Since 2016, Canada has greatly expanded the circumstances under which physicians are allowed to provide what its laws term “medical assistance in dying.” Ross Douthat examines the results:
In 2021, over 10,000 people ended their lives this way, just over 3 percent of all deaths in Canada. A further expansion, allowing euthanasia for mental-health conditions, will go into effect in March 2023; permitting euthanasia for “mature” minors is also being considered.
The rules of civilization necessarily include gray areas. It is not barbaric for the law to acknowledge hard choices in end-of-life care, about when to withdraw life support or how aggressively to manage agonizing pain. It is barbaric, however, to establish a bureaucratic system that offers death as a reliable treatment for suffering and enlists the healing profession in delivering this “cure.” And while there may be worse evils ahead, this isn’t a slippery-slope argument: when 10,000 people are availing themselves of your euthanasia system every year, you have already entered the dystopia.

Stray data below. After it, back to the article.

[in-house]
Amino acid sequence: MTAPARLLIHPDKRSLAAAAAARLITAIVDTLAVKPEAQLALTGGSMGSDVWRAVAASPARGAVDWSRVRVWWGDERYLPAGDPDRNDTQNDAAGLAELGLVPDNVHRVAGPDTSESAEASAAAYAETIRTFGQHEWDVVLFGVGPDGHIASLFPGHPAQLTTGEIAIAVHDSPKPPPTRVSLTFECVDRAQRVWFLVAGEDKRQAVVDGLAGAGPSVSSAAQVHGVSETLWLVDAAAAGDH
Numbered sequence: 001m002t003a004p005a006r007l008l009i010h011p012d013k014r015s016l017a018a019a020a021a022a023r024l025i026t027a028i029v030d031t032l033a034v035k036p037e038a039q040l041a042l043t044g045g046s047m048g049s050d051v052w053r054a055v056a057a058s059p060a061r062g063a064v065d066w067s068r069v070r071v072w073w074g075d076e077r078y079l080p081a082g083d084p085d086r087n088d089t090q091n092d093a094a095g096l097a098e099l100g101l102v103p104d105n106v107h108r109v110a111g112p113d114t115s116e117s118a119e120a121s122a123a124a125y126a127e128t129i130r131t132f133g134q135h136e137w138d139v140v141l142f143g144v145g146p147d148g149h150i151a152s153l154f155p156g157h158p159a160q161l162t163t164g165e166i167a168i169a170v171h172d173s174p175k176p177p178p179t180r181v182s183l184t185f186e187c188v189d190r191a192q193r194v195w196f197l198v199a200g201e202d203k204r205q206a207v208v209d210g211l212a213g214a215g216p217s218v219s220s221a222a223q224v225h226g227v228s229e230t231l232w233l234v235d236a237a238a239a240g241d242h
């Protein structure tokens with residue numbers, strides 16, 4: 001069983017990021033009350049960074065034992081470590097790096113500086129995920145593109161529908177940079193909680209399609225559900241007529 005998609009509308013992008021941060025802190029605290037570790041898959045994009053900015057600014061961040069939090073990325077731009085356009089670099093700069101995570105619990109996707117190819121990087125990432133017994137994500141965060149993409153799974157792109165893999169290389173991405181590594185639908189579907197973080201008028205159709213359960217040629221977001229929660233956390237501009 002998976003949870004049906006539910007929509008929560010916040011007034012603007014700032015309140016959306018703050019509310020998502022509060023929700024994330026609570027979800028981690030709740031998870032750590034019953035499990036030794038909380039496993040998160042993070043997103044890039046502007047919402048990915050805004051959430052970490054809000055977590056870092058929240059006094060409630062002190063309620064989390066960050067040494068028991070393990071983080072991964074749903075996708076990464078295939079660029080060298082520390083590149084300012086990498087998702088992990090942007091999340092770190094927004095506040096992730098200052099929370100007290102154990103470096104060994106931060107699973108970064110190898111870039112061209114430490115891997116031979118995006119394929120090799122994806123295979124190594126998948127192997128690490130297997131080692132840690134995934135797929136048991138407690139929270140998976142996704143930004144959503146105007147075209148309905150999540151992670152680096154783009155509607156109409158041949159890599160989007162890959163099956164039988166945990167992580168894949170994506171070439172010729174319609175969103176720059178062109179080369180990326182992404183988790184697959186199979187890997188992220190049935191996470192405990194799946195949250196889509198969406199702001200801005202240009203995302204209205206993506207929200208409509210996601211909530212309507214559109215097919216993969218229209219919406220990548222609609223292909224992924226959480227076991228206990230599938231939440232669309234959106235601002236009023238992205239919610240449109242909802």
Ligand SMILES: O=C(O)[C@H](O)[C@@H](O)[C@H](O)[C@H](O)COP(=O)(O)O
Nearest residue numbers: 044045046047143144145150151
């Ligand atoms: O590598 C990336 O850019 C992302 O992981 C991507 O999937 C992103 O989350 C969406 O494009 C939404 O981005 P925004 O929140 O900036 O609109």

Indeed, according to a lengthy report by Maria Cheng of the Associated Press, the Canadian system shows exactly the corrosive features that critics of assisted suicide anticipated, from healthcare workers allegedly suggesting euthanasia to their patients to sick people seeking a quietus for reasons linked to financial stress.
But the evil isn’t just in these interactions; it’s there in the foundation. The idea that human rights encompass a right to self-destruction, the conceit that people in a state of terrible suffering and vulnerability are really “free” to make a choice that ends all choices, the idea that a healing profession should include death in its battery of treatments—these are inherently destructive ideas.